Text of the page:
When US presidential hopeful Mitt Romney was asked how many First Ladies he would be bringing to the White House, he referred the interviewer to the Latter Day Saints' website. Multiple marriage has long been a subject of fascination for Americans, and in his new novel Brady Udall, himself a Mormon, explores what happens when a polygamist has an affair. In a sunnier read than David Ebershoff's recent bestseller, The 19th Wife, Udall takes the classic theme of family dysfunction and raises it by the power of ten.
Golden Richards is a normal dad, but with four wives and 28 children he has to spread himself thin. He can recall the names of his wives – Beverly, Nola, Rose and Trish – but can only remember his children's names by singing a list under his breath to the tune of "The Old Grey Mare". Not the chauvinist monster of religious scripture, Golden is a lanky, hesitant man largely managed by his womenfolk.
They in turn prove to be a kind and patient bunch, often left to beg Golden to "embrace his God-given patriarchal authority" and "make a decision once in a while". Left to wander around his various homes, Golden feels like "a vagrant or a ghost, easily forgotten and leaving no trace."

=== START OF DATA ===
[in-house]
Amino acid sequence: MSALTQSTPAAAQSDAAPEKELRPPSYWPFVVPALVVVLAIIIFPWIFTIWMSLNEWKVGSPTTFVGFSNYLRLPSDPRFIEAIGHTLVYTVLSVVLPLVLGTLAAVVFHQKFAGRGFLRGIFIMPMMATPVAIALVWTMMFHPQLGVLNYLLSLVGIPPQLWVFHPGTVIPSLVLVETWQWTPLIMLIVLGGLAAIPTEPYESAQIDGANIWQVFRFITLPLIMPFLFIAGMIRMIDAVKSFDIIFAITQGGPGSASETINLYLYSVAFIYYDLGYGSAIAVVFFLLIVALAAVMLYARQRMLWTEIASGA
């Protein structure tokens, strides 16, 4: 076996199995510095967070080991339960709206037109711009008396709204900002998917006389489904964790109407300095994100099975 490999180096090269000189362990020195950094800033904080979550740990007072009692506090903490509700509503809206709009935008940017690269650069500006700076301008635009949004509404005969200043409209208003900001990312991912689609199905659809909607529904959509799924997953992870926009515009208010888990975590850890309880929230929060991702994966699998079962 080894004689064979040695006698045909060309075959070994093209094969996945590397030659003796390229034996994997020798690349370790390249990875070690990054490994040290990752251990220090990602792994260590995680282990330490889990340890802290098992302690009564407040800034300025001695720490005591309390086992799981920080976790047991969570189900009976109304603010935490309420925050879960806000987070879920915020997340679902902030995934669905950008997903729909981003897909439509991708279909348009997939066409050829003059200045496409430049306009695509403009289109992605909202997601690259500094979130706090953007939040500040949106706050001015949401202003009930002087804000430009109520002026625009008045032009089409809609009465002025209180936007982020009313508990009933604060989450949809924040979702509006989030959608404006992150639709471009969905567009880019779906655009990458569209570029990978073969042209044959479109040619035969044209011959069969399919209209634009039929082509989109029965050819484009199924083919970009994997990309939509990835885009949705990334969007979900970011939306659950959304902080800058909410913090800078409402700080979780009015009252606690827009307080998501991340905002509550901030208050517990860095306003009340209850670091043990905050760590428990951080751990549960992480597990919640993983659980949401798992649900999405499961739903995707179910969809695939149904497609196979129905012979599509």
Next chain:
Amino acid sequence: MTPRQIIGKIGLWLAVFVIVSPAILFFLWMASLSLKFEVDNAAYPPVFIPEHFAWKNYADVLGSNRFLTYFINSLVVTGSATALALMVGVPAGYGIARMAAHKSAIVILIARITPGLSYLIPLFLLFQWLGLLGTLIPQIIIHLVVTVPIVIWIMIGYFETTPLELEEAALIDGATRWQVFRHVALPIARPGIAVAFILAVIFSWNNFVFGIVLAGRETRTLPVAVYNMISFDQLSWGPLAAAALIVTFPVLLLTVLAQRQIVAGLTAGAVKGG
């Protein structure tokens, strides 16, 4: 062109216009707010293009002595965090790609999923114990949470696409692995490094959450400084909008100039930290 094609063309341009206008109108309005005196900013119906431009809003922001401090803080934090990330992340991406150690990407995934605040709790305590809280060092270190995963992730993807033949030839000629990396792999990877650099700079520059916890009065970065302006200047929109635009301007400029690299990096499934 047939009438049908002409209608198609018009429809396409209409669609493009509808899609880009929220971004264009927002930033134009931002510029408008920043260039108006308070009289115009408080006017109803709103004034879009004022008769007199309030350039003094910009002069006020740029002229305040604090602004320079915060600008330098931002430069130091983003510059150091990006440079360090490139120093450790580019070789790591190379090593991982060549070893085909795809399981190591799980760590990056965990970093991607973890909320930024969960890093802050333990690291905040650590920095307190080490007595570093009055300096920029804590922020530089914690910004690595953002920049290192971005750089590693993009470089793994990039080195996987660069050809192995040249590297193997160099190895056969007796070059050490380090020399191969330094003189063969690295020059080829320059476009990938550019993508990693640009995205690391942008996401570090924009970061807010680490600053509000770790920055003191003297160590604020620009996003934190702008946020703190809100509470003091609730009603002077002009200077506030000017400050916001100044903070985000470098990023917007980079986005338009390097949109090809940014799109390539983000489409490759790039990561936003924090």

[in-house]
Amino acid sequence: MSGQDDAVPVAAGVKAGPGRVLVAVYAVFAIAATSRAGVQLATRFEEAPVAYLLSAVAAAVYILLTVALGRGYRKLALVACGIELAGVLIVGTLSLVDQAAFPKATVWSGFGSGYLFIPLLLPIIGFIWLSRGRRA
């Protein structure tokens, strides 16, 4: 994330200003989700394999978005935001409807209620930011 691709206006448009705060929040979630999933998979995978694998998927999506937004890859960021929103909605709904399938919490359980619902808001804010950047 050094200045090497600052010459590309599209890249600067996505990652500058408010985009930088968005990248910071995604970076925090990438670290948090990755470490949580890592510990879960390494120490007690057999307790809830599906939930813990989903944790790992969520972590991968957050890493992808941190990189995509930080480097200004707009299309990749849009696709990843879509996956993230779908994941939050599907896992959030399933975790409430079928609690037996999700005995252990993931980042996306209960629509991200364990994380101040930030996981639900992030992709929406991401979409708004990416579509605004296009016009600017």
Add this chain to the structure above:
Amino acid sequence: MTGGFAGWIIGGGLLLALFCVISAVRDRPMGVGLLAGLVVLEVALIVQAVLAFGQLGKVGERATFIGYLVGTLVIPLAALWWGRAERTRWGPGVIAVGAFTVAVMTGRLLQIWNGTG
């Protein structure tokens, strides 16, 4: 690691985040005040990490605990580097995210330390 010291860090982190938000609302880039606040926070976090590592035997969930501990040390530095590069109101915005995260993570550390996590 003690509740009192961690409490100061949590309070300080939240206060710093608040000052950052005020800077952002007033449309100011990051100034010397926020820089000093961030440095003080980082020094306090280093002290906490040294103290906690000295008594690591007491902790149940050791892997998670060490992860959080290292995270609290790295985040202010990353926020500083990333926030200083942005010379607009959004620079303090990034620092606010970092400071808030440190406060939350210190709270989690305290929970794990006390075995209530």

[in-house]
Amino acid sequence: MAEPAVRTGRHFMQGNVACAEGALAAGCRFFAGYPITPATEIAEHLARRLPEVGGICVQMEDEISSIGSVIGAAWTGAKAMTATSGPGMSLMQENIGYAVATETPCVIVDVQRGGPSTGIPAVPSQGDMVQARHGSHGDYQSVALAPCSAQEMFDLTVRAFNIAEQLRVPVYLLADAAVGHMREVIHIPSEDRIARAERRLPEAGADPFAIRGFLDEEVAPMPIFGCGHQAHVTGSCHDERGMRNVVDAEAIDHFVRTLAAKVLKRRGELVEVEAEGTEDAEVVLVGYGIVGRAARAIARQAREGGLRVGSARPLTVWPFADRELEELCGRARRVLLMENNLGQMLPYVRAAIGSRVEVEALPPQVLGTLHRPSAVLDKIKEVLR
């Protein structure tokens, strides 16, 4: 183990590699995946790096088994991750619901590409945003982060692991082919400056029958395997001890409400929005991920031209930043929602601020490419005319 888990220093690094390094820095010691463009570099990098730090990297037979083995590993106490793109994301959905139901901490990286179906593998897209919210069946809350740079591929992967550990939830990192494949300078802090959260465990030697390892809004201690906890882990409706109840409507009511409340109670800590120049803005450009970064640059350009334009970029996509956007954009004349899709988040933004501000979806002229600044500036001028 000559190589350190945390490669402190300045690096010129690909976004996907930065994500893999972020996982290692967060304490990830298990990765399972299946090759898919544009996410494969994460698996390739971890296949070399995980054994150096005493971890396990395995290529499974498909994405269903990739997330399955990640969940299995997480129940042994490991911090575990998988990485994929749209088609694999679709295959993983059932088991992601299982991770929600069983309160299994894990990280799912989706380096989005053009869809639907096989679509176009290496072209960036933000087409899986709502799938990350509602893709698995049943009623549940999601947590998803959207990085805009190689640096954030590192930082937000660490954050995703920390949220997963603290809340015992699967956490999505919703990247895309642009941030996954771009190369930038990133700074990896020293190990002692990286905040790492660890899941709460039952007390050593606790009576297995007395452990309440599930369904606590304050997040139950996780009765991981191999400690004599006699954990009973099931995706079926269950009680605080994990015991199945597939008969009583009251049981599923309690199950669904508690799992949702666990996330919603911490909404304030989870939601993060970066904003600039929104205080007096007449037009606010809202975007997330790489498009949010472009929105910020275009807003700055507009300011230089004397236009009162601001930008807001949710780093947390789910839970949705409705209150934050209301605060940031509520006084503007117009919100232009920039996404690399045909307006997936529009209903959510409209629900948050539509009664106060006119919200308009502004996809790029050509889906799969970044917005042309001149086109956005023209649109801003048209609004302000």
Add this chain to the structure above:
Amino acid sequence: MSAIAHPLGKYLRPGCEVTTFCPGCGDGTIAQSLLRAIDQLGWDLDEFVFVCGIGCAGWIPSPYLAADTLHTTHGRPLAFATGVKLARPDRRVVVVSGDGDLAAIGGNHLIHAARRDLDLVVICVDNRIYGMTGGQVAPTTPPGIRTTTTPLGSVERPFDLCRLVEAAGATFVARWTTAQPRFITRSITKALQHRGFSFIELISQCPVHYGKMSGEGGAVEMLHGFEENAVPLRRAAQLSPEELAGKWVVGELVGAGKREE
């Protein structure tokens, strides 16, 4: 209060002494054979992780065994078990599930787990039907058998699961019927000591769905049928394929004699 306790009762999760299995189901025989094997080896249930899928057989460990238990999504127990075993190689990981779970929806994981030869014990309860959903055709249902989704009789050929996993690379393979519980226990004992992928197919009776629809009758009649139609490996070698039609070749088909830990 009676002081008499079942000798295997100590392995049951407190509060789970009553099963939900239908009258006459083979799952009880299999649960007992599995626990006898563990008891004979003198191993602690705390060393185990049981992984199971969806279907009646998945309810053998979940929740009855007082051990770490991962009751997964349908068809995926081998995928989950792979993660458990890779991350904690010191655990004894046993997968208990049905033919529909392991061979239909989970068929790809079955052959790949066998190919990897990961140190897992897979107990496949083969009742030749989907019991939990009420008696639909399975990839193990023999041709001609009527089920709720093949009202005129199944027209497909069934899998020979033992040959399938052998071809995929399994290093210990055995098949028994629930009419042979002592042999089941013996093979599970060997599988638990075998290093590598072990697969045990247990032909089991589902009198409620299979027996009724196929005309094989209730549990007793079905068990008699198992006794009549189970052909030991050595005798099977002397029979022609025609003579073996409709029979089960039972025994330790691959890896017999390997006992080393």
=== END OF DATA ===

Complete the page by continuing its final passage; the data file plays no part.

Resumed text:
Golden's mid-life crisis is more complicated than most. Under pressure to take a fifth wife, and worried about his failing construction company – the novel is set during the economic downturn of the late 1970s – he takes a job adding an extension to a Nevada brothel. It's here that meets and falls in love with Huila, the wife of the owner of "Pussycat Manor". In a life where every moment of intimacy is pre-planned, Huila is a revelation, "different simply because he – he – had chosen her." But news soon gets out of the affair and hit-men are sent to Utah to threaten Golden's family.
At every turn, Udall plays with his readers' expectations of believers and non-believers, husbands and wives. There are no serious attempts to undermine Golden's creed. That this longish book is kept largely aloft by a structure of humorous conceits is an indication of the author's strengths as a storyteller. Not that there aren't moments of pathos – as in Ebershoff's novel, it's the children who find plural marriage hard to swallow. In the end, the novel is less a portrayal of an exceptional lifestyle than a conventional tale of middle-age temptation and redemption.Reuse content